The New York Times ran a lengthy piece in Wednesday’s edition generously titled “Obama’s Uncertain Path Amid Syria Bloodshed,” about the president’s waffling about what to do, if anything, about the conflict there. While the story contains ample details and insight, one passage in particular has proved irresistible to bloggers and news aggregators:
Even as the debate about arming the rebels took on a new urgency, Mr. Obama rarely voiced strong opinions during senior staff meetings. But current and former officials said his body language was telling: he often appeared impatient or disengaged while listening to the debate, sometimes scrolling through messages on his BlackBerry or slouching and chewing gum.
Emphasis mine, of course, because Obama is committing no less than three faux pas here: He’s using a BlackBerry; he’s sitting like a surly teenager; and he’s chewing gum. The latter is by far the most offensive.
There are only two instances in which chewing gum is acceptable: You have just vomited, and need to rid your mouth of the aftertaste. Or you’re trying to quit cigarettes (or dip, or chew, or snuff). Obama falls in the latter category, which we know because the Times story is hardly the first time the president’s gum-chewing has made news. He’s been seen chewing gum at two G-20 summits, Nicorette has been photographed on his desk, and he was “caught” unwrapping a piece of it at January’s inauguration, throughout which he chewed vigorously (but had the decorum, at least, to keep his mouth mostly closed while chewing, which can’t be said for most of the world’s gum-smacking Neanderthals):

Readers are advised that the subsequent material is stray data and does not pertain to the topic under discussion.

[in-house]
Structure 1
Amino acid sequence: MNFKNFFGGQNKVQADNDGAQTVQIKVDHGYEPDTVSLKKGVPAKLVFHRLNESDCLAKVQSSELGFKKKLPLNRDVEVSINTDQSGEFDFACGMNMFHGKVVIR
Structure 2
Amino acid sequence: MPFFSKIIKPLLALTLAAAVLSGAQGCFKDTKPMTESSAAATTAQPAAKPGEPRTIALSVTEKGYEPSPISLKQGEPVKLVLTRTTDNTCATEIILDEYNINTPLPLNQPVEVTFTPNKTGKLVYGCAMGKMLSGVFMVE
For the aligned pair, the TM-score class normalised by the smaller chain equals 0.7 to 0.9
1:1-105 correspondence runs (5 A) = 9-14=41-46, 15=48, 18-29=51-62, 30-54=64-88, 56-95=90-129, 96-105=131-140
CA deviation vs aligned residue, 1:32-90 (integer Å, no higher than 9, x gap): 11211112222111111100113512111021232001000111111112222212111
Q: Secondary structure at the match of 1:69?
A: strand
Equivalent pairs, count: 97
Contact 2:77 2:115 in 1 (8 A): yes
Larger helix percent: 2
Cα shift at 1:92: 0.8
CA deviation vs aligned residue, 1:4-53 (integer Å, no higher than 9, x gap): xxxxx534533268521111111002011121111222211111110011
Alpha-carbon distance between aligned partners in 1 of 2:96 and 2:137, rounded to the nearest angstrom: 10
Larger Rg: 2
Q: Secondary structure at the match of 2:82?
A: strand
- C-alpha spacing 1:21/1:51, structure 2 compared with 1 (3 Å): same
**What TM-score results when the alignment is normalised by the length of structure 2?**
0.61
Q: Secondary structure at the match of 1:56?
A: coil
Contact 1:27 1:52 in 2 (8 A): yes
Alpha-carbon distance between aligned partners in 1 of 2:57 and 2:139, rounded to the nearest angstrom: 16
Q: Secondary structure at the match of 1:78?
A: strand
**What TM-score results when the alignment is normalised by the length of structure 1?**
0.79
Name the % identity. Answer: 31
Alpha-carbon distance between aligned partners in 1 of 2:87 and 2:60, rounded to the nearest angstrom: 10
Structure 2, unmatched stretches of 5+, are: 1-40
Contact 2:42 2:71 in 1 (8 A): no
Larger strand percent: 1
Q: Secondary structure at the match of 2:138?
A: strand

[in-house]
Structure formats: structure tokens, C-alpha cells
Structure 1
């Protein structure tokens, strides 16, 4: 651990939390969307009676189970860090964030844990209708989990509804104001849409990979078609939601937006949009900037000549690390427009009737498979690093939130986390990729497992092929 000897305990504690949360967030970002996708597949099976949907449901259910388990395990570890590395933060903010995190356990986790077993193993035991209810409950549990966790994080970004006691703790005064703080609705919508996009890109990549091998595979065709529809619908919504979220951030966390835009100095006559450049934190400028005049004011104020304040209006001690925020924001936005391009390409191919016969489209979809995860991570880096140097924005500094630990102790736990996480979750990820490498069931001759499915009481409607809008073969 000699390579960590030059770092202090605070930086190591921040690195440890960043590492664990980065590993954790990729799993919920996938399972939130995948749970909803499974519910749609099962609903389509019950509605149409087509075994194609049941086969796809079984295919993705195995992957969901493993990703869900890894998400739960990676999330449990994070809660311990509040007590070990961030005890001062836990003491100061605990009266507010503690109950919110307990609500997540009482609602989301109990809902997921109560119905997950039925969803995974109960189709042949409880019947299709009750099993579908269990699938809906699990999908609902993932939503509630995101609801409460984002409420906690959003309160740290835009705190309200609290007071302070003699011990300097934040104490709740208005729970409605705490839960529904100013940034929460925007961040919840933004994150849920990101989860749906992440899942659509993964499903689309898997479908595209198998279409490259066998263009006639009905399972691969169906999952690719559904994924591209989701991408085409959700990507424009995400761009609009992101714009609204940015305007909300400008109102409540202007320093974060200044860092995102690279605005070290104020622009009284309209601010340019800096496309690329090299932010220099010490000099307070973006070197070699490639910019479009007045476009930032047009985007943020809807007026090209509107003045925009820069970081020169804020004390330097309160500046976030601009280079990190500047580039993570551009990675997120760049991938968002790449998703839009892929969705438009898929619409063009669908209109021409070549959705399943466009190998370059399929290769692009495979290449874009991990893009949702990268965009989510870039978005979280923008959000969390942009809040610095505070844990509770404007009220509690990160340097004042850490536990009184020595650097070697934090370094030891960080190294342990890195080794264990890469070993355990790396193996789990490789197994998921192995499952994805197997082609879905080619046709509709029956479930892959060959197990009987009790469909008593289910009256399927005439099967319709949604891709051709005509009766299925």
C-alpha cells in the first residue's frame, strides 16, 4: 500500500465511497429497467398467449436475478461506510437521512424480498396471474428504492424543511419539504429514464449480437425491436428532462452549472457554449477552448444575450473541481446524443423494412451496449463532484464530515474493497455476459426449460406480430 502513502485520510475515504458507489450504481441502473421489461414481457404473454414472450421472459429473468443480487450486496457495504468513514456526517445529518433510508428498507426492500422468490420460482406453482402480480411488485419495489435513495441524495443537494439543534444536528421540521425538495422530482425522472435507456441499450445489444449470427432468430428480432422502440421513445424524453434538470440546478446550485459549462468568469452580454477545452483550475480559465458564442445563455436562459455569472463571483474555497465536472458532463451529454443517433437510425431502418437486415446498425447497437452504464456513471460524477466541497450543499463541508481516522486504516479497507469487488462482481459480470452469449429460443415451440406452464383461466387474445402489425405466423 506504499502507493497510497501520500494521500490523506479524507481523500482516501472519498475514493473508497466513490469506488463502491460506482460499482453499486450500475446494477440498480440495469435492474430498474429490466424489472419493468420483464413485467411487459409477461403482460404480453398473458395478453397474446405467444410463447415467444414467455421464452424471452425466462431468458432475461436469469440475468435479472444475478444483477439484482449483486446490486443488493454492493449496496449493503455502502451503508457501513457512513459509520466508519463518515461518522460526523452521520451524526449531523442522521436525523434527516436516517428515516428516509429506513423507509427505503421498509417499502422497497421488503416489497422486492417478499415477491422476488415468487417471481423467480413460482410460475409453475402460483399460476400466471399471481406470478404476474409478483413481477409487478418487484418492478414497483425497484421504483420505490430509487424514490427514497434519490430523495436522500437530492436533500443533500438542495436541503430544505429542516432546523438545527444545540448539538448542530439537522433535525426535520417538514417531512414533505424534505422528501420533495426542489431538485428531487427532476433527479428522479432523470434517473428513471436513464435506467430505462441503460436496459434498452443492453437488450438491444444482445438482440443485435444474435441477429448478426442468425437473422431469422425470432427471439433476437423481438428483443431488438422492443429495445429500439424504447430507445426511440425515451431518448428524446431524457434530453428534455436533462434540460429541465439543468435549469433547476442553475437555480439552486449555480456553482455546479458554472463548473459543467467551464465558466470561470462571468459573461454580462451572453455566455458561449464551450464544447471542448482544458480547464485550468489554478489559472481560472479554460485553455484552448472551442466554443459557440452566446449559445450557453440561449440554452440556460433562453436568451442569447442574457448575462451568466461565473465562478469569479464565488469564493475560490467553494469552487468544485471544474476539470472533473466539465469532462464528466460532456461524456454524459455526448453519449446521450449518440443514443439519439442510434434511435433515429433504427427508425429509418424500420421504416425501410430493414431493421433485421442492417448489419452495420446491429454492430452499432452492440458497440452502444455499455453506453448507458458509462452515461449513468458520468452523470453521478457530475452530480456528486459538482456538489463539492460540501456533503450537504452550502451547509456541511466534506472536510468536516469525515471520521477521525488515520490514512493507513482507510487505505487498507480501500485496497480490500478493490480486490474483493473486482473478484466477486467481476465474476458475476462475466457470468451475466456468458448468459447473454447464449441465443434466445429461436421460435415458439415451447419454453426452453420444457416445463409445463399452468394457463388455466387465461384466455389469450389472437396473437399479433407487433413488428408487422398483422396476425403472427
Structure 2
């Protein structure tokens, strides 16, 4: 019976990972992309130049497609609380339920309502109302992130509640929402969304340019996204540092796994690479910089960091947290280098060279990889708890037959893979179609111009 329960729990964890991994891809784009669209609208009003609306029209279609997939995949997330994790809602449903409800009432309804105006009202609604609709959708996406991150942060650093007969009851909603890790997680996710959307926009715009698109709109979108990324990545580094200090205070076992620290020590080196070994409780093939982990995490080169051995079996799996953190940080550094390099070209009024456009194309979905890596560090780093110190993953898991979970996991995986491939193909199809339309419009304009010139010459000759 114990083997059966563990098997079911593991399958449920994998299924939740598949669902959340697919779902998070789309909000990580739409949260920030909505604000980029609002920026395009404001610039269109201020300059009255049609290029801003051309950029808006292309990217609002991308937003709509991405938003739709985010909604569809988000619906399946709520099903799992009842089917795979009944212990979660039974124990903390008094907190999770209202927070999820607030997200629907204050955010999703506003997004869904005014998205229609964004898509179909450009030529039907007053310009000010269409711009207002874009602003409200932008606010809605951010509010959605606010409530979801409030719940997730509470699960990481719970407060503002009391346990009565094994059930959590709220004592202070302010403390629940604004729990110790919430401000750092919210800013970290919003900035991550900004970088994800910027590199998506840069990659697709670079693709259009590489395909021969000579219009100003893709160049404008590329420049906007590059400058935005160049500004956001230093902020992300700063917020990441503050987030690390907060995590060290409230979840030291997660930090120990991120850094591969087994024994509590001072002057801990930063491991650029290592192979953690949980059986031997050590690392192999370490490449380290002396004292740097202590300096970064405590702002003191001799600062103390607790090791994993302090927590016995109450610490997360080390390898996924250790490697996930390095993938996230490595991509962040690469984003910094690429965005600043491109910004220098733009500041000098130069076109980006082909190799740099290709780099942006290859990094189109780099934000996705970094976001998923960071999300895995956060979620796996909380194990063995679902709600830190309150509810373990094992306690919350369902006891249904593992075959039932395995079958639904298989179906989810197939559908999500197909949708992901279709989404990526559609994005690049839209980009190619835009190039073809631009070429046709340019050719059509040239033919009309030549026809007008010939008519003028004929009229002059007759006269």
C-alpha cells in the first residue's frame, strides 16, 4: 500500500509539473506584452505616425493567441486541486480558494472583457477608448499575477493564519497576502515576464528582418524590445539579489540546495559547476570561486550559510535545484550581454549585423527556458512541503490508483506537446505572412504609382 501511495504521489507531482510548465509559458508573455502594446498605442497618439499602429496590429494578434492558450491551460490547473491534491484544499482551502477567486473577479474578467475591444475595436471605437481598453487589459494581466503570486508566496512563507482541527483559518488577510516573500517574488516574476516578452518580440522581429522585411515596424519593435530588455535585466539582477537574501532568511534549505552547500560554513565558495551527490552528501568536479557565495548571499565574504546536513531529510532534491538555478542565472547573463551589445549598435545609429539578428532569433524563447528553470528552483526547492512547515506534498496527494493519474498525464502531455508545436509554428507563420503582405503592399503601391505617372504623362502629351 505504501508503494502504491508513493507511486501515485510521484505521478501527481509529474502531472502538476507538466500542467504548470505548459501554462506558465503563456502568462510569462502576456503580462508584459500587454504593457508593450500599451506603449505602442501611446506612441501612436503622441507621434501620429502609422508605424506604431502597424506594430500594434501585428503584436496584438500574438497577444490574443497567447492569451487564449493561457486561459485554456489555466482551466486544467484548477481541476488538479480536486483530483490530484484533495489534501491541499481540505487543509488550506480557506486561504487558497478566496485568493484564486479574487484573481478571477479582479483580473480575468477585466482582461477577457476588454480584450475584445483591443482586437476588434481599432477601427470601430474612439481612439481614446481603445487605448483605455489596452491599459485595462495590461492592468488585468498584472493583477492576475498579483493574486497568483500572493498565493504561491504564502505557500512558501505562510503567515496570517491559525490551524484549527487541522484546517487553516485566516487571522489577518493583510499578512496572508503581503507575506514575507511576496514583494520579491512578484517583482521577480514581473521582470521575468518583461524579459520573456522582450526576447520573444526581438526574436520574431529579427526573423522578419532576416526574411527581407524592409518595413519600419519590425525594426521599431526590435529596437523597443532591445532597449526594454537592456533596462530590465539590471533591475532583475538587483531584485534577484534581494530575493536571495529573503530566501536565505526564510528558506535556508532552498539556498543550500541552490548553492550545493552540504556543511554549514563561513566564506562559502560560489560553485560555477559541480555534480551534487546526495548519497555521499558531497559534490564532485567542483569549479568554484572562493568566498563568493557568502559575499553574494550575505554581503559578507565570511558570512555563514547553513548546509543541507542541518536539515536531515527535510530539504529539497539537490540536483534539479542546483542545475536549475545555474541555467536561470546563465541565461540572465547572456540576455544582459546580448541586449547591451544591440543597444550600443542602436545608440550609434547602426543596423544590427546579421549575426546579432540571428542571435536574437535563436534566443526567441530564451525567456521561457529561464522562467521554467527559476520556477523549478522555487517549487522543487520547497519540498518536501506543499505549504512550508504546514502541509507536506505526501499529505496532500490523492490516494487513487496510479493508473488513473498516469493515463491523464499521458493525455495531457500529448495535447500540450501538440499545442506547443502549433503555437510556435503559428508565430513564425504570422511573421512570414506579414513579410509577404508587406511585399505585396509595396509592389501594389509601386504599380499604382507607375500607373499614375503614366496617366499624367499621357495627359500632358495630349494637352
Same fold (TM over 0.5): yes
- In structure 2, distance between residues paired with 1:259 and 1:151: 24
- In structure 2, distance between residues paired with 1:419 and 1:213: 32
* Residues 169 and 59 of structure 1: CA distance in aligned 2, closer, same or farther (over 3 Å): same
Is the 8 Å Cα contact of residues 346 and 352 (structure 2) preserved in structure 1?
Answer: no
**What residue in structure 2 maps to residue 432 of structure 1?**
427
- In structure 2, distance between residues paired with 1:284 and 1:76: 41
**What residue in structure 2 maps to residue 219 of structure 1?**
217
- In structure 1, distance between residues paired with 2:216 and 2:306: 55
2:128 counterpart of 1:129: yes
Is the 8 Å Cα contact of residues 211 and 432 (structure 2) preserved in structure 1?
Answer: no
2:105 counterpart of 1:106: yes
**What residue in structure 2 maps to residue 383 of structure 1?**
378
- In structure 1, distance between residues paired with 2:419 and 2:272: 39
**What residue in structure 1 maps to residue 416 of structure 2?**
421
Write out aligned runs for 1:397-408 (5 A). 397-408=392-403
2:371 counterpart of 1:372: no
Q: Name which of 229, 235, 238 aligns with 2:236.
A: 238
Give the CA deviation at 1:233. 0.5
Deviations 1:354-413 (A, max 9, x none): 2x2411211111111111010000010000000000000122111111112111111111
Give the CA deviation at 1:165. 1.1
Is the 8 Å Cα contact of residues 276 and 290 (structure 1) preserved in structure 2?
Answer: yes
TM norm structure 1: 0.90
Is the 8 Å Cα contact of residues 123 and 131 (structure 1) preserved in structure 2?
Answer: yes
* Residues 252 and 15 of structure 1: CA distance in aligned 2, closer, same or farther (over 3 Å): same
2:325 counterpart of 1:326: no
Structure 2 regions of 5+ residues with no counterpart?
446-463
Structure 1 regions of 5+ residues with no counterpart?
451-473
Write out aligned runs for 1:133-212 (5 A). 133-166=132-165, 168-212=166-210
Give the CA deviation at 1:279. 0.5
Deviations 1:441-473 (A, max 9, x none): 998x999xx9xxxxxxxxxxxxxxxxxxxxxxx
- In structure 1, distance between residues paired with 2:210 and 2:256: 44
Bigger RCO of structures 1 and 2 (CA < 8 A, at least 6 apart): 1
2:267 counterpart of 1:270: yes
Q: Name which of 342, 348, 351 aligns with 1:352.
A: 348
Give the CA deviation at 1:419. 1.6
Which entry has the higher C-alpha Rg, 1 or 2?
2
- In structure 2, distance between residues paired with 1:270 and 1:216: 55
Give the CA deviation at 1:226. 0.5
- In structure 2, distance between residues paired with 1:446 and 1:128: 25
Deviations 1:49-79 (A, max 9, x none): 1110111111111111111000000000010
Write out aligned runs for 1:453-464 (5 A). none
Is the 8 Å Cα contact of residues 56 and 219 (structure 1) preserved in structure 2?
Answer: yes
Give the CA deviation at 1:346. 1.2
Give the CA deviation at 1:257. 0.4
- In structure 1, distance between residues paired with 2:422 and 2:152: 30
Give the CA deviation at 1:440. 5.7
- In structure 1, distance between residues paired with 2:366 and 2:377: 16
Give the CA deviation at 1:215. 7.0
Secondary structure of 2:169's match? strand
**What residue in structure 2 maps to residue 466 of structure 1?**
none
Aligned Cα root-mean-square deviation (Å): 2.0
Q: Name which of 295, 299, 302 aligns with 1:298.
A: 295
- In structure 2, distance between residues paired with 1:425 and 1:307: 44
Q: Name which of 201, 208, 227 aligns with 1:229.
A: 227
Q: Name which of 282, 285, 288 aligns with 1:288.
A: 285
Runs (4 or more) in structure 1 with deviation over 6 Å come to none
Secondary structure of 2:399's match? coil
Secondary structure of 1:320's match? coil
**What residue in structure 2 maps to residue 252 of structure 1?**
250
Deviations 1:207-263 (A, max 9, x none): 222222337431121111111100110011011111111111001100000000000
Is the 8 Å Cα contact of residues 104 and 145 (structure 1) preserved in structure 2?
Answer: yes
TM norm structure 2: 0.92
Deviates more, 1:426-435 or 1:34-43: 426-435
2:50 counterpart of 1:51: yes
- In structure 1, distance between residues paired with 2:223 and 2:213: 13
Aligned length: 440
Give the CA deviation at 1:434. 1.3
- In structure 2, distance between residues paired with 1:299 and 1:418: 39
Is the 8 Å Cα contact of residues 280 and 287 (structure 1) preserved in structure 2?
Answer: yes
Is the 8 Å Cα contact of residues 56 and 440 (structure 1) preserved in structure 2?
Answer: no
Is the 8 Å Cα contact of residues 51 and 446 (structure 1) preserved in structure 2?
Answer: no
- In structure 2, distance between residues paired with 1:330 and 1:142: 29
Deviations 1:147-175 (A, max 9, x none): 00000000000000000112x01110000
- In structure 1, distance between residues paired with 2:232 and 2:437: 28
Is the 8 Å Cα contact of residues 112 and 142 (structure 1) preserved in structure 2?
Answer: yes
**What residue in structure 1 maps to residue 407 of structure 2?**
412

This prompted an elevated debate between proponents of “manners and gracious living” on the one hand, and people who don’t want to die of lung cancer on the other. Not represented were people, like me, who couldn’t care less about manners and simply find gum-chewing to be one of the most obnoxious things that too many humans do on a regular basis. It’s right up there with foot-tapping, nose-wheezing, and open-mouthed popcorn gorging. So yes, by all means use Nicorette to quit smoking, but please don’t then get addicted to Nicorette, because I’d rather inhale second-hand smoke than see your mouth jawing like you’re rolling deep with Molly.
Still, chewing gum during a presidential inauguration is one thing. I get it—it’s kind of a frivolous affair! Especially if you’ve been there before. But chewing gum “as Syria burns”? That’s another thing entirely. However stressful the situation may be—and deciding whether to intervene in a civil war that has claimed some 100,000 lives is about as stressful as it gets—you must not, Mr. President, chew gum of any kind. Because then the nation’s leading paper will take that fact and combine it, in a descriptive sentence meant as metaphor, with "slouching" and "scrolling through messages," and then everyone will quote that sentence in headlines and the public at large will think you don’t give a damn, that you are decidedly unpresidential, that you are one of those gum-chewing types.
Ryan Kearney is the executive web editor at The New Republic.